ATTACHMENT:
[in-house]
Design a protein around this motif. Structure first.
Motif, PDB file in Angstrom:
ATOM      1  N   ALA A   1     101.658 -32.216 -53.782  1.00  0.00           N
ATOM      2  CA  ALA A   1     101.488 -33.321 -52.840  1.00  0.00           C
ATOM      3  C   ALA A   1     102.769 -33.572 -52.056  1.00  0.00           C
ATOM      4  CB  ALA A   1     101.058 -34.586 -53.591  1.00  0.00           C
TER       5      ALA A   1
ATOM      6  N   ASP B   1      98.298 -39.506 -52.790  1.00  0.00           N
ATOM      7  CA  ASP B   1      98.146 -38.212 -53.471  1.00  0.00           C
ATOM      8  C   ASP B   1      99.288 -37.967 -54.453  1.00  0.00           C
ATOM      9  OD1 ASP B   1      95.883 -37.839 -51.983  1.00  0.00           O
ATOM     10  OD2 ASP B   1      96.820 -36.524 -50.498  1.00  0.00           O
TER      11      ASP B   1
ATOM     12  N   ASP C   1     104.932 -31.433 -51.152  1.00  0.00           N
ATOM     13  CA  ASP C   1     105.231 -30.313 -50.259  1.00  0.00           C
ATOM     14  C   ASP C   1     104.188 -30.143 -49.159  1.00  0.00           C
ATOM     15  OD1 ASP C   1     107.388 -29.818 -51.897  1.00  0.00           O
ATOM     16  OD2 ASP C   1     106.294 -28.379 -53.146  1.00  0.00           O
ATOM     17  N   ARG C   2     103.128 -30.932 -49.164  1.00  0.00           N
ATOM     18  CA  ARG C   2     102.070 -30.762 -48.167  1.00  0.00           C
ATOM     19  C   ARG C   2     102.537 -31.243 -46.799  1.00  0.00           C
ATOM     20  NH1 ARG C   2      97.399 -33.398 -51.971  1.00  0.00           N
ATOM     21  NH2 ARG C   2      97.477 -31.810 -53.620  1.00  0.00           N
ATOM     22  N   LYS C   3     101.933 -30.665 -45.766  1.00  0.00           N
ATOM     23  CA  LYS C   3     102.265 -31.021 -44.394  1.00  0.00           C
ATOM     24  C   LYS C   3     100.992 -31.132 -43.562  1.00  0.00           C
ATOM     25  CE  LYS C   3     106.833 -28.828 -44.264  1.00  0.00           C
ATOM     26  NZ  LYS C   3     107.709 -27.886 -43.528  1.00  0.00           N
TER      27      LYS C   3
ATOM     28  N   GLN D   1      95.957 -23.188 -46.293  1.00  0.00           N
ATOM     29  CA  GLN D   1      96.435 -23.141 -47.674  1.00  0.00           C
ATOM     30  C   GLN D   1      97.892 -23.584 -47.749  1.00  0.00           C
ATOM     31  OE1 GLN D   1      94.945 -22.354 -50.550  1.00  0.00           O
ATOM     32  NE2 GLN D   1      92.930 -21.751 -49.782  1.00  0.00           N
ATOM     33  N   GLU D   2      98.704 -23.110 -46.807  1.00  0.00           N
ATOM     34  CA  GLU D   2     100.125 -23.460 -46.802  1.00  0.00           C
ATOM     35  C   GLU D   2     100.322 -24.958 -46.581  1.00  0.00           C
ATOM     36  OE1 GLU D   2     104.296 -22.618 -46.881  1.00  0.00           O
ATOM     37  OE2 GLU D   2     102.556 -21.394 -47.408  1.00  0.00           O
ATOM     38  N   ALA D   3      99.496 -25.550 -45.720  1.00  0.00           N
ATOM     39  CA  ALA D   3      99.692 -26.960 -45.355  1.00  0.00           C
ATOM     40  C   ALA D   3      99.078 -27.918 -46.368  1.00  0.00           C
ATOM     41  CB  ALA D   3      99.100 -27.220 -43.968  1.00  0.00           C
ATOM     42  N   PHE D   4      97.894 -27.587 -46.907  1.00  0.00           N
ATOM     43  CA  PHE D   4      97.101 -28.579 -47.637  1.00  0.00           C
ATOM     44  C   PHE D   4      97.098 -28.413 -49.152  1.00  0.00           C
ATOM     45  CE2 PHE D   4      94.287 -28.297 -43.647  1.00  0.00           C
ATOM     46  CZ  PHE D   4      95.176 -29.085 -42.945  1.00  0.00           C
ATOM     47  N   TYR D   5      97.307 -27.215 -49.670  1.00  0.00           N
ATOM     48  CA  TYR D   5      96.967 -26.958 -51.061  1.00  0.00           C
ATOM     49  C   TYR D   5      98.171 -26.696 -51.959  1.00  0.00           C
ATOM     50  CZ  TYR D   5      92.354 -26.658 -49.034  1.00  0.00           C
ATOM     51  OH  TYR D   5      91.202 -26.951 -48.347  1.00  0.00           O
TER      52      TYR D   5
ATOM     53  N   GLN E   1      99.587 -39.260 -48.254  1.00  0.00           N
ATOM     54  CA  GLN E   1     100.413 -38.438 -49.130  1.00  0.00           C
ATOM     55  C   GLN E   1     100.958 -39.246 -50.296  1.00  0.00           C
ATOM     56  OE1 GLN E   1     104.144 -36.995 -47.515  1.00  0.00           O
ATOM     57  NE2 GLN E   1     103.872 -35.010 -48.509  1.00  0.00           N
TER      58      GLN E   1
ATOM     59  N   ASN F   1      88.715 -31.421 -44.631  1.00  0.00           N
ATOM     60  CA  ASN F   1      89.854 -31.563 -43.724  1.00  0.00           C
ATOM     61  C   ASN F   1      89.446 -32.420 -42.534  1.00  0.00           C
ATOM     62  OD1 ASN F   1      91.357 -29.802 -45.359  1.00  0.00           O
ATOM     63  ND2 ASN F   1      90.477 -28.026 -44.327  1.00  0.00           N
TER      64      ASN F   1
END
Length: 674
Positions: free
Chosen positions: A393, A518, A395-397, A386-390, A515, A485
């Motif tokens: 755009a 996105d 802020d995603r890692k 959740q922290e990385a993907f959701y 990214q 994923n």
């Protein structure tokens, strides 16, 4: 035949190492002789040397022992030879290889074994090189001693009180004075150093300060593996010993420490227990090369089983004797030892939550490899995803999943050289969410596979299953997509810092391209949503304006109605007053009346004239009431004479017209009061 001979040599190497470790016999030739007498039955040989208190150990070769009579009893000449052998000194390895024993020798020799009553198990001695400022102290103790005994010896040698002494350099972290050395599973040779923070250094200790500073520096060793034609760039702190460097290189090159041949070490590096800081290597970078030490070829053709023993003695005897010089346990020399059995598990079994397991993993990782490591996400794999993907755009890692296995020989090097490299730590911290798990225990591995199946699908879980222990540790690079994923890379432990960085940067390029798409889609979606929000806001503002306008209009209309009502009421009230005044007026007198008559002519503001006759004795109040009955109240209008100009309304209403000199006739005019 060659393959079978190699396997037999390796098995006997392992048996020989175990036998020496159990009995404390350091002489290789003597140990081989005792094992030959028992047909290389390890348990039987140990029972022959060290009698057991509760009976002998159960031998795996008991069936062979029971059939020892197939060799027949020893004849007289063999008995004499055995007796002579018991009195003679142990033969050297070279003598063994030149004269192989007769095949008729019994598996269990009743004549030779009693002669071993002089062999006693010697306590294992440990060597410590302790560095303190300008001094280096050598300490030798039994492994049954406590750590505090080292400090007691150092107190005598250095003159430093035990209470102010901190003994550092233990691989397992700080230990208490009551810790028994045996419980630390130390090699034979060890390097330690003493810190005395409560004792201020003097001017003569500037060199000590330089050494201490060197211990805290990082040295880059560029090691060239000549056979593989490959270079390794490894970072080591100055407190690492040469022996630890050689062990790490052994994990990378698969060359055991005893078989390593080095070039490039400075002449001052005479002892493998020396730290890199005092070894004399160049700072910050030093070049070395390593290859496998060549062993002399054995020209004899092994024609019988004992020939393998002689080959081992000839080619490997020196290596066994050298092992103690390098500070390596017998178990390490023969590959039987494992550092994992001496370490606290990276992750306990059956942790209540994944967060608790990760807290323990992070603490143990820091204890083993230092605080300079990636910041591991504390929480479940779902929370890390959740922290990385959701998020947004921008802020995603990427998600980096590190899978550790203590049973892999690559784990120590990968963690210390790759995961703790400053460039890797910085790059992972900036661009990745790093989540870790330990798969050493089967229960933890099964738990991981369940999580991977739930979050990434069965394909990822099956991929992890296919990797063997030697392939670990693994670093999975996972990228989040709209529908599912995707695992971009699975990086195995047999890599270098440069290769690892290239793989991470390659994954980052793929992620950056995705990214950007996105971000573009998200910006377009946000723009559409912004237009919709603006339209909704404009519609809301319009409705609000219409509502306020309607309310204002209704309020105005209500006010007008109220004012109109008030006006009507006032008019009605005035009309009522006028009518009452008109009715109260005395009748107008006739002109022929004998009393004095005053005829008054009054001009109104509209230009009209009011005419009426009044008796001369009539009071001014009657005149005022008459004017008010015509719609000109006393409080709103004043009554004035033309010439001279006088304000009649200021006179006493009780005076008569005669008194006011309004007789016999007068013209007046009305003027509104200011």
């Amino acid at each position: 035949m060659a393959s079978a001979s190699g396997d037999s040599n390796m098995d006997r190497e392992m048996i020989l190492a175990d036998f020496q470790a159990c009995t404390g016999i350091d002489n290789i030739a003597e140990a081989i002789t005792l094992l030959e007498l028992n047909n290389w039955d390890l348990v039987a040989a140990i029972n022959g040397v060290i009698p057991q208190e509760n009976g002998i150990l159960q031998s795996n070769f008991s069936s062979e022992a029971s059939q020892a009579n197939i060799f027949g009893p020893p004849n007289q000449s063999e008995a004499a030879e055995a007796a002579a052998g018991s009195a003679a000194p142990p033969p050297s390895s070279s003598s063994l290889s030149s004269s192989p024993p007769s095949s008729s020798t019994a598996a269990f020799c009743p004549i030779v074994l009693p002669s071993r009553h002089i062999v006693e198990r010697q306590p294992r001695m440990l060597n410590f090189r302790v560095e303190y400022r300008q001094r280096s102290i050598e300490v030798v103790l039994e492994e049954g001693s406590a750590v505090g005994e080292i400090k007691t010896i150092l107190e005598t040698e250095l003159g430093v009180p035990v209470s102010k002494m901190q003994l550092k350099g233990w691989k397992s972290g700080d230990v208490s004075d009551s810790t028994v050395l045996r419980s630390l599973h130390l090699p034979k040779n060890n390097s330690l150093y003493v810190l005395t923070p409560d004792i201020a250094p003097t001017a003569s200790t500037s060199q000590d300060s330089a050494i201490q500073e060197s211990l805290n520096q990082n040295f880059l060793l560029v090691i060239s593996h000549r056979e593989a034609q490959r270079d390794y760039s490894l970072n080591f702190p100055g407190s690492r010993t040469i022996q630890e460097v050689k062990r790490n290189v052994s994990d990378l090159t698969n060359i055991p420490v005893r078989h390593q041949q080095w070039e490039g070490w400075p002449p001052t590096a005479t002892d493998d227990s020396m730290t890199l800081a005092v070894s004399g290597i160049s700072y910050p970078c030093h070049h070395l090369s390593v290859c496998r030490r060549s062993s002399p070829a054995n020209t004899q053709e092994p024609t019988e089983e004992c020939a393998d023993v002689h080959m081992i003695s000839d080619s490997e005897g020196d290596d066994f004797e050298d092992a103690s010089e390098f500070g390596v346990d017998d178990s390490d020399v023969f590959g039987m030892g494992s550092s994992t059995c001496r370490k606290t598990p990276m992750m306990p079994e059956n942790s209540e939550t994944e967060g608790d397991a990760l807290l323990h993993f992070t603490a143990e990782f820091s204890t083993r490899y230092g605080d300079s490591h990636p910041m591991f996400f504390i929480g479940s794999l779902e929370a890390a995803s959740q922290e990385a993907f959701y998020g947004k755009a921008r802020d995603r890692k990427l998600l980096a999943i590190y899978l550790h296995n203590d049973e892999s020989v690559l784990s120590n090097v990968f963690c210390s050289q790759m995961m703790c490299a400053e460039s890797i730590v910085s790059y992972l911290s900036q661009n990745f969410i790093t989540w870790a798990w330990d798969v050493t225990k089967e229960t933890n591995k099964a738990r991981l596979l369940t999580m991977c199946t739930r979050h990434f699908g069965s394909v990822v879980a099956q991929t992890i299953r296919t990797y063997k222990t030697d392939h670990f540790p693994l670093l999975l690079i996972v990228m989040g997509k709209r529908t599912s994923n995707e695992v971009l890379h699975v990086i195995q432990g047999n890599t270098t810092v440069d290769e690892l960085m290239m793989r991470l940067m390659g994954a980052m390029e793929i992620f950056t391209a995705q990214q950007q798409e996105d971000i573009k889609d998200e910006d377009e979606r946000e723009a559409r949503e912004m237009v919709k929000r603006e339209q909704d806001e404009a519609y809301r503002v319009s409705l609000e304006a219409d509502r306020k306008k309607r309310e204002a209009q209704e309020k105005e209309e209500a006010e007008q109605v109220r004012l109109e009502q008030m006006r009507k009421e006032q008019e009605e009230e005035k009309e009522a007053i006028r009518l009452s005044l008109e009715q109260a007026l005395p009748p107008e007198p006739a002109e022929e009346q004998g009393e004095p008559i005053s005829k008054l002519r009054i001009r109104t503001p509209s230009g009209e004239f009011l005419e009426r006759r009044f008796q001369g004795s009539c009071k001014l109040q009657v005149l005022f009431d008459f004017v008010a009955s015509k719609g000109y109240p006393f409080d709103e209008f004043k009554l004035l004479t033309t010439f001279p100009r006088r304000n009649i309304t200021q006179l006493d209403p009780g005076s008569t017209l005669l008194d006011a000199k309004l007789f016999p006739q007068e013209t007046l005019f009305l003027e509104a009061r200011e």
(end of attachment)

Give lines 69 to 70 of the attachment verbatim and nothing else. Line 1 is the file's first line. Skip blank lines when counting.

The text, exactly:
Length: 674
Positions: free